But significant is that her hgb dropped 5 grams, this is unusual after GB surgery. You normally do not get that much a blood loss with the surgery.
    Have they been following up with that?
  9. by   canoehead
    Did they do LFT's or an amylase? You would also want to assess the return of bowel function, if any, any occult blood in the stool, and a repeat CBC and electrolytes, to see if the levels were still changing, or if the blood loss happened during surgery, then stabilized.

    Did you say she was on BP meds to begin with? Any other health problems that may be getting worse along with the surgery stress? I would really like to know how the patient feels, does she think she is getting better or worse, is her pain well controlled, is she doing all the stuff that will make her better, coughing and deep breathing, walking, etc?
  10. by   critcarenurse16
    Quote from gwenith
    Pancreatitis

    Acute pancreatitis

    Not all the lab values translate - we use different measures BUT with the history you HAVE to think obstructive pancreatitis and from there everything else starts to make sense.
    I agree. Have the docs ordered an amylase level?
  11. by   kwagner_51
    Ok, here is what I have and unfortunately, can't get any more info on.

    ALT 821 [pre op] normal as of the 13th

    AST 453 [pre-op] normal as of the 13th

    Bilirubin was 4.1 by the 13th it was 1.1

    WBC last 24 hrs the 12th-13th [last time the test was done]

    9.9

    8.2
    10.8
    11.1

    B/P Last 24 hrs. [13th-14th]

    Q8H 151/91 120/88 130/82 130/82 then the one I took at 11:15 AM 130/90. I went to lunch. When I came back she said she didn't feel good, being ignorant of seriously ill pts. I just figured it was because I had been in her room all day. I told my instructer, and she had me take her B/P again. I got 160/90! In the space of about 5 min. my instructer took it again and it was up to 170/94!!!

    Before this, I had her up in the chair, walked her down the hall, and she washed her own hair in the sink. She rated her pain as a 6 before using the PCA after using it, the pain was a 2. I also had her do her incentive spirometer.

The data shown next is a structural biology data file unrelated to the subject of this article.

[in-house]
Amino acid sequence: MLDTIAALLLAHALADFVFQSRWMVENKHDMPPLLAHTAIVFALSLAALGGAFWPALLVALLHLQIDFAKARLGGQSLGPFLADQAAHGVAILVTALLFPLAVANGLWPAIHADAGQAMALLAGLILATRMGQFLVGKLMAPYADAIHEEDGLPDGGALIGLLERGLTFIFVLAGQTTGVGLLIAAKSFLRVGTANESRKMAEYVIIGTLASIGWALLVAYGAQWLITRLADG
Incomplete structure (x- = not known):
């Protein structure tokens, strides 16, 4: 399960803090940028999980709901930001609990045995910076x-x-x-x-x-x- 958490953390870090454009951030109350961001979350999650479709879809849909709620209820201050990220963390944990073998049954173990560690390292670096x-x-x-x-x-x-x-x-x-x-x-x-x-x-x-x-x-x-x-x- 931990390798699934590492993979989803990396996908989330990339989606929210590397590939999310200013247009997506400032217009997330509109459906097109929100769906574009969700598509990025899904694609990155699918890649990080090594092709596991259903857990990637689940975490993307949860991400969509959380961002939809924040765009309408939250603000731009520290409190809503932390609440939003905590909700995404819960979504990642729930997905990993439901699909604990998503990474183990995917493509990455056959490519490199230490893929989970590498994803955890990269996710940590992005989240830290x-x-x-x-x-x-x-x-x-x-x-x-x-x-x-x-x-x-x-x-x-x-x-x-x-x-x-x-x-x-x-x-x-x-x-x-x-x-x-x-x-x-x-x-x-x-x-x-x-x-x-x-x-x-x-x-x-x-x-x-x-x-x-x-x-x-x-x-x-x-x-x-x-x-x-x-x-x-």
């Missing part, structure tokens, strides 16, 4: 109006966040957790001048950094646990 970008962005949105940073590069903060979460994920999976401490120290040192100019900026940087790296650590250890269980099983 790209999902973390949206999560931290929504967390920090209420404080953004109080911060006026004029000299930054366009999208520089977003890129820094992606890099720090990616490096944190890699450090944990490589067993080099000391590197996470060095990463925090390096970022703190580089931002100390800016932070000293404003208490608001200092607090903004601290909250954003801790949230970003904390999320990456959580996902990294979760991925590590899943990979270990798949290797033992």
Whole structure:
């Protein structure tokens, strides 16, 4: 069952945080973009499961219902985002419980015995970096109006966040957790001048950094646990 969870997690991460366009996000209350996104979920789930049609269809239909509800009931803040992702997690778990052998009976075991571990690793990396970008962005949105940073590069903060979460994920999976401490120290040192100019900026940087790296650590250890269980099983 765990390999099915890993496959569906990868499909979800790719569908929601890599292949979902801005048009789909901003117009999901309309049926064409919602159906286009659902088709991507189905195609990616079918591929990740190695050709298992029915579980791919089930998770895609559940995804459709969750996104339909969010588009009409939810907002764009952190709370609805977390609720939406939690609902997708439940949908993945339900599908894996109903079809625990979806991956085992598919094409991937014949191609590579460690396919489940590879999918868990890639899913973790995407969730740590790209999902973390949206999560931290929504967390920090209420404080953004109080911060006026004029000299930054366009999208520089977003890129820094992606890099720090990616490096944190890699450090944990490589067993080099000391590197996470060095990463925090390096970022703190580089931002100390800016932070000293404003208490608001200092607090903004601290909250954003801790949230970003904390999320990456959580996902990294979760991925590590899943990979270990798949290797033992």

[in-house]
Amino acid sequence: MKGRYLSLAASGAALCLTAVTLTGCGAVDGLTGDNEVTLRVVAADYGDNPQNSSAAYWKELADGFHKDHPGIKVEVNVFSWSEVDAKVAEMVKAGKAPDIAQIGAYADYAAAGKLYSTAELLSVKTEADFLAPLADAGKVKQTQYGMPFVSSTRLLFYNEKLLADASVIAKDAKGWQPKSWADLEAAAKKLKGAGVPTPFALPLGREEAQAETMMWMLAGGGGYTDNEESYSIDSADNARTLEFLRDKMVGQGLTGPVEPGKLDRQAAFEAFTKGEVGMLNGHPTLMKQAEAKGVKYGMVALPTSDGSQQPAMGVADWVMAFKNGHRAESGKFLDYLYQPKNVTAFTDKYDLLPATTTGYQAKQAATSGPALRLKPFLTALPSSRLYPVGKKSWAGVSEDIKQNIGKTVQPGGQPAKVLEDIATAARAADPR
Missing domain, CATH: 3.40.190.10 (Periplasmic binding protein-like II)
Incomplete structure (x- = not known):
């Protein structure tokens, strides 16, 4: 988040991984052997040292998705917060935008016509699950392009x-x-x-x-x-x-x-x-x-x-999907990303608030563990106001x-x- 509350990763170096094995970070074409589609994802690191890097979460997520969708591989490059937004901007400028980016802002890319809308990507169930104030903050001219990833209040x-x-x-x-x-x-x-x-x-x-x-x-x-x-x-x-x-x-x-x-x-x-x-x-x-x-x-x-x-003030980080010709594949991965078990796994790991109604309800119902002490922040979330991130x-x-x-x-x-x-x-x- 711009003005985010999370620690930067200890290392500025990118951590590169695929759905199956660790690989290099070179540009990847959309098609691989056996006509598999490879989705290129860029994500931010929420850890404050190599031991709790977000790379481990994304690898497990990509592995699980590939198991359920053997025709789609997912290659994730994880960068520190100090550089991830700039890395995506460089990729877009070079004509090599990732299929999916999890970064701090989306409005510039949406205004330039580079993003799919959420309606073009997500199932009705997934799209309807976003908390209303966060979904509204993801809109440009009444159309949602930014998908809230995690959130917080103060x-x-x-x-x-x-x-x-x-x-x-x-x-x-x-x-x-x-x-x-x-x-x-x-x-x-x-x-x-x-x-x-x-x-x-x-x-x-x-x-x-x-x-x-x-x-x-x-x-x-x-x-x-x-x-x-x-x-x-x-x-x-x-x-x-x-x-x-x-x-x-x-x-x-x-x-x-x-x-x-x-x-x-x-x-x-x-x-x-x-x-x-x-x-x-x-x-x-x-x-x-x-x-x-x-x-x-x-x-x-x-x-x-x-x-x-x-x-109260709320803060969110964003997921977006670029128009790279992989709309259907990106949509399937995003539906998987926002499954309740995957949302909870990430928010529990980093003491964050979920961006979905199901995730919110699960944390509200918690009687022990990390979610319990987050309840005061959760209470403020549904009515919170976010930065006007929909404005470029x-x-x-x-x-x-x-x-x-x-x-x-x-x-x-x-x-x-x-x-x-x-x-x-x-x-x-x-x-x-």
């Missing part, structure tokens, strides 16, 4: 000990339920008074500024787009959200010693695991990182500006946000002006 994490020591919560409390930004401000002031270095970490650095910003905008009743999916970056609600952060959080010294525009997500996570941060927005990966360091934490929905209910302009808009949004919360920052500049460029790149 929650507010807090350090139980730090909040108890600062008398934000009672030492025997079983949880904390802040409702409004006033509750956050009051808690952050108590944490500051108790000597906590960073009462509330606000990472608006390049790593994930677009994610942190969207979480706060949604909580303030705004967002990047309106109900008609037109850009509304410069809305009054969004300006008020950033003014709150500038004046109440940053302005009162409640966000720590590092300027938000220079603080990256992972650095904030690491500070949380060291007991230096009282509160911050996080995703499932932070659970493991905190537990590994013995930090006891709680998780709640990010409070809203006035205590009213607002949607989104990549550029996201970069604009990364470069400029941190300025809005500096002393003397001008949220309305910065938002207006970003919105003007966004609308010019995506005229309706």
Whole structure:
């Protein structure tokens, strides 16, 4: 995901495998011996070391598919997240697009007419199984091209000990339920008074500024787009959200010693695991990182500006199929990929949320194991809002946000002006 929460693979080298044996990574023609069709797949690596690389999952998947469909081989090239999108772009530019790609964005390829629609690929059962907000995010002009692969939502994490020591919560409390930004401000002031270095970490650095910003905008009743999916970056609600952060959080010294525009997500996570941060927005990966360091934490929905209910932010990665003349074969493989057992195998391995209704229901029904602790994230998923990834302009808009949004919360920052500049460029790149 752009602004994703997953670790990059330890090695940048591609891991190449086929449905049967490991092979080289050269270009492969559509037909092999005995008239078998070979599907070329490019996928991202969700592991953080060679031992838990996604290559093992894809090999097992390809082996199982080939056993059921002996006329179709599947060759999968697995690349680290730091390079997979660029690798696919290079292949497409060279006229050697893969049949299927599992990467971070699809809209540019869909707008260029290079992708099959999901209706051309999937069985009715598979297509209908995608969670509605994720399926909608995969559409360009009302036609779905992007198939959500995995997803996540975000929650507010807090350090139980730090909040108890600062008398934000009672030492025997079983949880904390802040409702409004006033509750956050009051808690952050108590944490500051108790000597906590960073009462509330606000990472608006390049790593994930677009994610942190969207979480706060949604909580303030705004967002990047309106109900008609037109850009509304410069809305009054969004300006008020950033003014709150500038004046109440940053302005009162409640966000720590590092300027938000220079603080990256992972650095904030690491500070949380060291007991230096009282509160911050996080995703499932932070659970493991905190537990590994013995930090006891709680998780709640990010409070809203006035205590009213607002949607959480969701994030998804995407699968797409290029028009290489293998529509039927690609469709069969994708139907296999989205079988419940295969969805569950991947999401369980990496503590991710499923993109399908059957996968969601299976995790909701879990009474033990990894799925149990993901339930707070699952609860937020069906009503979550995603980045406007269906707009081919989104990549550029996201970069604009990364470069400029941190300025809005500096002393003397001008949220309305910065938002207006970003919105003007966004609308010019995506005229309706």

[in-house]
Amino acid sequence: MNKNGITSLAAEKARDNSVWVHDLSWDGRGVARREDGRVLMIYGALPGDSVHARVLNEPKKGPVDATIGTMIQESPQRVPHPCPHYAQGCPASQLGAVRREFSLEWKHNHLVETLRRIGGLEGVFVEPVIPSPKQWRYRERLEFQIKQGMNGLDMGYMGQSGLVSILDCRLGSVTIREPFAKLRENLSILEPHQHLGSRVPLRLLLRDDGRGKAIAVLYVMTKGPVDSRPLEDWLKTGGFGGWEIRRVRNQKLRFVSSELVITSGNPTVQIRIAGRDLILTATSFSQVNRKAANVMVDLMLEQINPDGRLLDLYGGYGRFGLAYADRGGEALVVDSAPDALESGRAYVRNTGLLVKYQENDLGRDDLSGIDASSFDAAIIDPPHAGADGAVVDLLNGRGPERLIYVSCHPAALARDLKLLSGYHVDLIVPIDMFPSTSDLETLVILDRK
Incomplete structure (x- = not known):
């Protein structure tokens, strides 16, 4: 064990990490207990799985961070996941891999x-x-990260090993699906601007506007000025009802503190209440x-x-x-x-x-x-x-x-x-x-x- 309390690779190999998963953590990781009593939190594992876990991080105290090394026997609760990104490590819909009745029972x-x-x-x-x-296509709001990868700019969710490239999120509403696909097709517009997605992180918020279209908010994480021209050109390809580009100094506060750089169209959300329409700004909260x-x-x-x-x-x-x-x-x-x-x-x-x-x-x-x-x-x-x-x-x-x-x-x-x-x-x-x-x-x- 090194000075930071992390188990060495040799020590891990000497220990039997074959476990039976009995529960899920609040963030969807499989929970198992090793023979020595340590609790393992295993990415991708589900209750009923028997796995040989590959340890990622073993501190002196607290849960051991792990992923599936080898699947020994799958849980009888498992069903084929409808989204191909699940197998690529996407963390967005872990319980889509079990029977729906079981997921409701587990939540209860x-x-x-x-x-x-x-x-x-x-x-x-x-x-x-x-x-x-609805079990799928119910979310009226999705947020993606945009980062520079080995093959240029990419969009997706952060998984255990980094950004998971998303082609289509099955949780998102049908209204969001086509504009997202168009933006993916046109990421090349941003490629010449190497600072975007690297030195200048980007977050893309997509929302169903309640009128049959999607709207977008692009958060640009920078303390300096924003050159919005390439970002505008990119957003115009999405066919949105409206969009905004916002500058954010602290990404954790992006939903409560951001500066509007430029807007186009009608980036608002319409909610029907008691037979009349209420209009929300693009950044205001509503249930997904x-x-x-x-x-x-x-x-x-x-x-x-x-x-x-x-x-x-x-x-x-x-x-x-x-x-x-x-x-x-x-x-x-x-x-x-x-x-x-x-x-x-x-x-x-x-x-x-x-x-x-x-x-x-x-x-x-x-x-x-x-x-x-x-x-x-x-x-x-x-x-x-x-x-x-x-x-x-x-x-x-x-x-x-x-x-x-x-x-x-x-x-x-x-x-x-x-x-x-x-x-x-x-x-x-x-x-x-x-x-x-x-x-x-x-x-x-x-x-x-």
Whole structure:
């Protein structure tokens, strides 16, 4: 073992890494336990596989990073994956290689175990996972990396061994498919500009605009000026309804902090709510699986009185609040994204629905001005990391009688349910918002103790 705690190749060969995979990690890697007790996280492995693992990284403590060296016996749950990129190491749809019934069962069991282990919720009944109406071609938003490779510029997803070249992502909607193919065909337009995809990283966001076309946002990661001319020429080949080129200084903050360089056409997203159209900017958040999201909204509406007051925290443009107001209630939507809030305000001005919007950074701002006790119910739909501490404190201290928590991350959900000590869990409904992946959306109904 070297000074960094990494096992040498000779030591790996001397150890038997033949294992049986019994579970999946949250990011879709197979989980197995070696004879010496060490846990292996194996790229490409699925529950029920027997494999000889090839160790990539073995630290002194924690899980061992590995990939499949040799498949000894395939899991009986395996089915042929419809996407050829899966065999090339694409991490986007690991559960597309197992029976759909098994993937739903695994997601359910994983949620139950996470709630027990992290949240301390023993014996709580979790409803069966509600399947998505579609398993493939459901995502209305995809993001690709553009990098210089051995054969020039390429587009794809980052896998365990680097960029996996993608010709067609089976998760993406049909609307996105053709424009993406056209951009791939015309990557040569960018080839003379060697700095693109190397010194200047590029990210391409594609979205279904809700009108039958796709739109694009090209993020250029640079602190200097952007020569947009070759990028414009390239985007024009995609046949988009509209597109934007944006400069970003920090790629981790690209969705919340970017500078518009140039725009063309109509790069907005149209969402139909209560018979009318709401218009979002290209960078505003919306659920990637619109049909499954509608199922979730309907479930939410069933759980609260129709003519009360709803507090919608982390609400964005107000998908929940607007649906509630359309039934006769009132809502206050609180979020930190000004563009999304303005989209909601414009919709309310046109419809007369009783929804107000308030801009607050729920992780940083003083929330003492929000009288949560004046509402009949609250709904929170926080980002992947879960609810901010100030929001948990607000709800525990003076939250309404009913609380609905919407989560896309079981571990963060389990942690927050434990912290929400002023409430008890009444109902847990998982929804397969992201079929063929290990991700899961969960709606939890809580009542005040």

When I left to go to lunch, she was doing well, laughing and she also said she was getting thirsty. I cleaned up her room, and her lunch arrived so I left.

    She went from doing everything I asked her to do, to not feeling well in the space of about 35 min.

    Family Hx: Daughter also had GB removed as did husband, mother and father.
    Pack a day smoker
    She had a hysterectomy 23 y/ago. Considers herself in good health. NO where in the dictations did I read that she had htn.

    Thinking back, I remember her complaining about being thirsty. She is on a normal diet and had tea to drink with lunch. I have no idea how she is doing and it really bugs me!!

    I am going to do my NCP on FVD because I think she is bleeding somewhere.

    If I am able to find out what happened to her, I will let you know.

    Thanks and keep the info coming!!
  12. by   KYDentedAngel
    I'd initially posted thinking the labs you were quoting with the high AST, ALT and bilirubin were POSTOP, then reread to understand you are saying they are normal now???

    If so, I think the patient is likely showing some transient postop elevations of the Alkaline phos in response to irritation and obstructive process preop and surgical manipulation of the biliary system. As to the low Hgb/Hct, mine dropped about that much after reconstruction of a bile duct last year and had a tiny bleed that resolved itself without further surgical intervention or transfusion.

    Excessive thirst can accompany drops in Hgb/Hct.